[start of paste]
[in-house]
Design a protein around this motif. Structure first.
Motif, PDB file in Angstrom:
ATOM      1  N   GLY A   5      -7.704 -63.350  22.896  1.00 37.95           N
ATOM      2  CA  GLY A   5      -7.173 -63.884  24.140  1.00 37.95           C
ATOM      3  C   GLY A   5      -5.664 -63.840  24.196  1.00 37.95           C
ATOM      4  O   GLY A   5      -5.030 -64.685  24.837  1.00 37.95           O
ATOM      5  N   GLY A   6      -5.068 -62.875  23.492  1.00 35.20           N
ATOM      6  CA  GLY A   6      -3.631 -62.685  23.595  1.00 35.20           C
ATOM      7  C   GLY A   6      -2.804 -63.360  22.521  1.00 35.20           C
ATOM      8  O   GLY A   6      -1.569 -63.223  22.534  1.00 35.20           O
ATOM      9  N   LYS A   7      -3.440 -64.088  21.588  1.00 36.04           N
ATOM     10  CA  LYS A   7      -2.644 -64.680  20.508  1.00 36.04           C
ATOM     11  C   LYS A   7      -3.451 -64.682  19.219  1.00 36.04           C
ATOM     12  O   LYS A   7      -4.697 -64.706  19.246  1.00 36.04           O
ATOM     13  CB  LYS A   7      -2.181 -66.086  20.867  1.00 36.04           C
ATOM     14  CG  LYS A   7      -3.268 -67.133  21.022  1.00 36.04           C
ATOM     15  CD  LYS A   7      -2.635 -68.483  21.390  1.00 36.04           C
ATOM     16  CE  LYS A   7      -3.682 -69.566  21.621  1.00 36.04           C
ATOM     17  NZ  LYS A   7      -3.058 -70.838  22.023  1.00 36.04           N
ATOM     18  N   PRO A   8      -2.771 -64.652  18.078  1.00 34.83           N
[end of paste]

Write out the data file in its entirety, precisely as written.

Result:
[in-house]
Design a protein around this motif. Structure first.
Motif, PDB file in Angstrom:
ATOM      1  N   GLY A   5      -7.704 -63.350  22.896  1.00 37.95           N
ATOM      2  CA  GLY A   5      -7.173 -63.884  24.140  1.00 37.95           C
ATOM      3  C   GLY A   5      -5.664 -63.840  24.196  1.00 37.95           C
ATOM      4  O   GLY A   5      -5.030 -64.685  24.837  1.00 37.95           O
ATOM      5  N   GLY A   6      -5.068 -62.875  23.492  1.00 35.20           N
ATOM      6  CA  GLY A   6      -3.631 -62.685  23.595  1.00 35.20           C
ATOM      7  C   GLY A   6      -2.804 -63.360  22.521  1.00 35.20           C
ATOM      8  O   GLY A   6      -1.569 -63.223  22.534  1.00 35.20           O
ATOM      9  N   LYS A   7      -3.440 -64.088  21.588  1.00 36.04           N
ATOM     10  CA  LYS A   7      -2.644 -64.680  20.508  1.00 36.04           C
ATOM     11  C   LYS A   7      -3.451 -64.682  19.219  1.00 36.04           C
ATOM     12  O   LYS A   7      -4.697 -64.706  19.246  1.00 36.04           O
ATOM     13  CB  LYS A   7      -2.181 -66.086  20.867  1.00 36.04           C
ATOM     14  CG  LYS A   7      -3.268 -67.133  21.022  1.00 36.04           C
ATOM     15  CD  LYS A   7      -2.635 -68.483  21.390  1.00 36.04           C
ATOM     16  CE  LYS A   7      -3.682 -69.566  21.621  1.00 36.04           C
ATOM     17  NZ  LYS A   7      -3.058 -70.838  22.023  1.00 36.04           N
ATOM     18  N   PRO A   8      -2.771 -64.652  18.078  1.00 34.83           N